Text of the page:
China’s carbon neutral goal: Beijing sets ambitious hydropower storage goal to bolster wind, solar energy growth
- Beijing aims to double pumped storage hydropower generating capacity in five years and double it again by 2030
- Rapid expansion will help China meet its carbon peaking and carbon-neutrality goals, NEA says
The installed capacity will rise from 31.5 gigawatts (GW) at the end of last year to more than 62GW by 2025 and 120GW by 2030, the National Energy Administration (NEA) said on Thursday in a statement about the sector’s newly released 2021-2035 development plan.
“The plan aims to push forward rapid expansion of pumped storage power capacity, to meet the needs of large-scale new [and clean] energy projects development, so that they can make up a high proportion of future energy supply,” the NEA said. “This will help meet the nation’s carbon peaking and carbon-neutrality goals.”
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Such infrastructure involves storing energy by pumping water from a reservoir to another one at a higher elevation, using power generated in excess of demand, including from solar and wind farms. The water in the higher reservoir is later released to generate hydropower when electricity supply is short, such as night time when solar power generation is not possible.
Insufficient power storage capacity would hold back renewable energy projects’ development, because their output’s inherent intermittency means absorbing it into the power distribution system will pose substantial supply stability risks. Storage will enhance power grids’ flexibility to balance demand and supply while providing green energy.
To meet its twin goals of carbon emissions peaking before 2030 and achieving net zero emissions by 2060, China aims to almost triple its capacity to generate power from wind and the Sun to more than 1,200GW by 2030.
Renewable energy will need to make up 75 per cent of energy demand by 2050 if the net zero goal is to be met, up from 17 per cent last year, according to Sanford Bernstein analysts’ estimates.
Net zero is attained when residual emissions are offset by investment in natural carbon sinks such as afforestation, or facilities that capture carbon dioxide from the atmosphere and store it underground.
Analysts said the targets are positive to the renewable industry’s development, but whether they will be reached will depend on the setting of attractive enough power tariffs at the local level.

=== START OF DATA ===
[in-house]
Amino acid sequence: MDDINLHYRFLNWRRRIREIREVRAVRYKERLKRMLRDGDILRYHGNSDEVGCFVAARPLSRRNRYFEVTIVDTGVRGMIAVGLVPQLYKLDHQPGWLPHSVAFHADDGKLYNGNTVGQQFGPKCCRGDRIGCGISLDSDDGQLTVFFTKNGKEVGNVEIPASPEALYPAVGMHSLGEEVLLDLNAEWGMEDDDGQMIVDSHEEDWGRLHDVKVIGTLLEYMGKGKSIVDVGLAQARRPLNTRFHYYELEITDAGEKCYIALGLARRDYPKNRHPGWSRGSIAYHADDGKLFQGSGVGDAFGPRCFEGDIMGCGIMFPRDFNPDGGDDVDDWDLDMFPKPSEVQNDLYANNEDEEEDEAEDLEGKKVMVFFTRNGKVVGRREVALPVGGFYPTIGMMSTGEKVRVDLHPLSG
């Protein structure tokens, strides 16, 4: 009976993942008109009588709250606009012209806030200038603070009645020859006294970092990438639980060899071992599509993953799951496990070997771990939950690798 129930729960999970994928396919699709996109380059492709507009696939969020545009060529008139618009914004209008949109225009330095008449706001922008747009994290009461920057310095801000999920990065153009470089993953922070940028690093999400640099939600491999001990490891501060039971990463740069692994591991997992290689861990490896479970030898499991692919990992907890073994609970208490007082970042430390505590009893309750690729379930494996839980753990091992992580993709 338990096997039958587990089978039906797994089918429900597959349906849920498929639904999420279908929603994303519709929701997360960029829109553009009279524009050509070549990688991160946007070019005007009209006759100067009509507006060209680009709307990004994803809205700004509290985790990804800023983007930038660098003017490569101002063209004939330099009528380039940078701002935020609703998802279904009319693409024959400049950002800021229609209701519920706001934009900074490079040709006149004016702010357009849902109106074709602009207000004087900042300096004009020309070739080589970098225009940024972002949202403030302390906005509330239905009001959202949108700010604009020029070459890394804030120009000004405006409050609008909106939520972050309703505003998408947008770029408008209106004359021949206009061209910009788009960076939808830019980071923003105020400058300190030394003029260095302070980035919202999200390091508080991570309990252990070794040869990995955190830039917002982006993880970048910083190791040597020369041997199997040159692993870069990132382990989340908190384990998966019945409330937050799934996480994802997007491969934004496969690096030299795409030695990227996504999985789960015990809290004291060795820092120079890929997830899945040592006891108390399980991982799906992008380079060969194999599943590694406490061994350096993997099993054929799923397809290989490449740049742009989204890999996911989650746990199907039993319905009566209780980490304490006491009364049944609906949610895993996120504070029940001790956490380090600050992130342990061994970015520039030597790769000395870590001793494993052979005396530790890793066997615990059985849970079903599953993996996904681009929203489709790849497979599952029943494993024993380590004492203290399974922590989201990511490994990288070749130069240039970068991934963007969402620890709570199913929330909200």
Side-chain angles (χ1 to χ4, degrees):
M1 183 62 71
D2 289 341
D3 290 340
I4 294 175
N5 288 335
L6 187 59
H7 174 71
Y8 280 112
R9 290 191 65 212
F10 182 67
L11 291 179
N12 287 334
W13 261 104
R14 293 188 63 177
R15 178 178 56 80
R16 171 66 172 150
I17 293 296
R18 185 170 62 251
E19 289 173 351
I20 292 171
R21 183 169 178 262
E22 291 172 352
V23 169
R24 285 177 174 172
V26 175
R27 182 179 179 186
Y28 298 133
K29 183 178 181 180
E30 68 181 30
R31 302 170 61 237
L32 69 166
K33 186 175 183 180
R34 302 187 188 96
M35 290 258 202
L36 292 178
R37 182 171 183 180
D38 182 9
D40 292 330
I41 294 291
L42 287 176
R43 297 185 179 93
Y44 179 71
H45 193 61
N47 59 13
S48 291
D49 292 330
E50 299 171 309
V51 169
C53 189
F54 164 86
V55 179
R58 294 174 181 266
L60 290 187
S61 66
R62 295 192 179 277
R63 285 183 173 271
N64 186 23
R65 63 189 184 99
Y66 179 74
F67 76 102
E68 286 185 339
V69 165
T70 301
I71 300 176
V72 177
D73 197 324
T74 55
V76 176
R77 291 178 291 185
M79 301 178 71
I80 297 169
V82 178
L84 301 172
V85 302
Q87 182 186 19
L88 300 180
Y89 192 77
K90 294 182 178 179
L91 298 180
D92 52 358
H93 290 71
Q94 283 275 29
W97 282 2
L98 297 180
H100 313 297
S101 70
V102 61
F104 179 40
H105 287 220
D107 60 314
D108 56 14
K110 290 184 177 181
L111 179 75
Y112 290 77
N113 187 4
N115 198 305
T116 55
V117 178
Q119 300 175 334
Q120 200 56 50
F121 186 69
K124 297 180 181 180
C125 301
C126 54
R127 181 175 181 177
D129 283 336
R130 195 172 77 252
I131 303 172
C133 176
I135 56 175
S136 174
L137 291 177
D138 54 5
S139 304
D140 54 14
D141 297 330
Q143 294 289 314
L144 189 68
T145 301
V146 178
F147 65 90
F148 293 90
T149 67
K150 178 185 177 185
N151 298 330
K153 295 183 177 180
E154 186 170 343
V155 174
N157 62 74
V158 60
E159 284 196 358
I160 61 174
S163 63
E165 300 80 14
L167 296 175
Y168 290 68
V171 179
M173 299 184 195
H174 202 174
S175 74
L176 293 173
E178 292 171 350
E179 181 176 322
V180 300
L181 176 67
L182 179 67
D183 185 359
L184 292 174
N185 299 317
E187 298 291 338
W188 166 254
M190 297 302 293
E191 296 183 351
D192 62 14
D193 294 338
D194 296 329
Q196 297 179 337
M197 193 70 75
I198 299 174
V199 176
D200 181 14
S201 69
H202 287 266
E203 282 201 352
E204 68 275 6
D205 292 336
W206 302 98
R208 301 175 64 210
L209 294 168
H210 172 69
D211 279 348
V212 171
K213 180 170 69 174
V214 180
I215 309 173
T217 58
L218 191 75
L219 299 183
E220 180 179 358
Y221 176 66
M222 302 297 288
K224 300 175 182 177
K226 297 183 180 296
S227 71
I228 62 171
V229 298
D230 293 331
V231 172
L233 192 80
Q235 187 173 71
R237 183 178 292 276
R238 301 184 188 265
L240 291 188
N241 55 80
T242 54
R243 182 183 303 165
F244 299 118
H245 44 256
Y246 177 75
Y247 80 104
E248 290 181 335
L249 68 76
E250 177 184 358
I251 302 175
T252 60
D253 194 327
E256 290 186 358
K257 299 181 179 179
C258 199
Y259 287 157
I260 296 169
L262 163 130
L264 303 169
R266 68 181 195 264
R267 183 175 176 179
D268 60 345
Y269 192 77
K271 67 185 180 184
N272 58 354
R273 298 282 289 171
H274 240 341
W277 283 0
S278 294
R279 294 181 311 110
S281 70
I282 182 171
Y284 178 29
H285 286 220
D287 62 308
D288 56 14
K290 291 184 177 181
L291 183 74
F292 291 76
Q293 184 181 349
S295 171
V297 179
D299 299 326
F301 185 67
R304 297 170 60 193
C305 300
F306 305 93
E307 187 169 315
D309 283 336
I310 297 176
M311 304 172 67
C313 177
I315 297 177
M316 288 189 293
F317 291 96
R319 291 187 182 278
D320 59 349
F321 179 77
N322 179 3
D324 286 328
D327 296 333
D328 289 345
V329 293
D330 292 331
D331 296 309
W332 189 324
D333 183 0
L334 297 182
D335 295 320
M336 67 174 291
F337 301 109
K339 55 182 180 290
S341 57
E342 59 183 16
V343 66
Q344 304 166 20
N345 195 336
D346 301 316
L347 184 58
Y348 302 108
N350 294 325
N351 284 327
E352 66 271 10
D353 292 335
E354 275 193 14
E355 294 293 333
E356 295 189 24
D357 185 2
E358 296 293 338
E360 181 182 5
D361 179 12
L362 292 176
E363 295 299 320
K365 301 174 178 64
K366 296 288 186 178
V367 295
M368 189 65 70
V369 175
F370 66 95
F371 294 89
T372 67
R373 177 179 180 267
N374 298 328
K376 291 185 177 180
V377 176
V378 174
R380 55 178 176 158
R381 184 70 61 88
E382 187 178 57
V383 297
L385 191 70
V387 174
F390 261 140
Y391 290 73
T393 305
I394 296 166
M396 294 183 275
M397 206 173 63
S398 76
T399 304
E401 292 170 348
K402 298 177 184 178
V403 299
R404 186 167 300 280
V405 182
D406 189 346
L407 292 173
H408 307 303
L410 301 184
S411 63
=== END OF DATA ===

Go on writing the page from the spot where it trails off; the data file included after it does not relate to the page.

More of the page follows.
“This has been discussed since last year … [distribution giant] State Grid Corporation of China has been talking to regulators about the need for much more energy storage capacity to help integrate faster solar and wind usage,” said Lucas Zhang Liutong, director of WaterRock Energy Economics. “It remains to be seen whether provincial governments can figure out an appropriate tariff design to incentivise their expansion and efficient operation.”
Due to the capital-intensive nature of the projects, a stable long-term tariff regime is key, he added.
China’s installed pumped storage generating capacity of 23GW at the end of 2015 fell short of its 30GW target, and last year’s capacity was also 21 per cent lower than a target of 40GW, said Dennis Ip, head of utilities and renewables research at Daiwa Capital Markets.
China’s power grids will need 200GW of energy storage capacity by 2030, and pumped storage made up 89 per cent of total energy storage installed last year, he said. “The 120GW target for 2030 seems not ambitious enough to meet the carbon neutrality goal. However, the rest could come from electrochemical [batteries] storage,” he added.
The National Development and Reform Commission issued a circular in July encouraging renewable power developers to shoulder an increasing burden of installing storage and peak demand shaving facilities, such as natural gas-fired power plants, as costs decline, although grid operators will still bear the bulk of it.
Developers will be given priority to have their wind and solar projects connected to the power grid if they build or lease at least 20 per cent of the storage or peak shaving capacity needed by their projects.
Recent power retail tariff changes, such as the widening of peak and off-peak tariffs, have incentivised investment in such capacity, said WaterRock’s Zhang.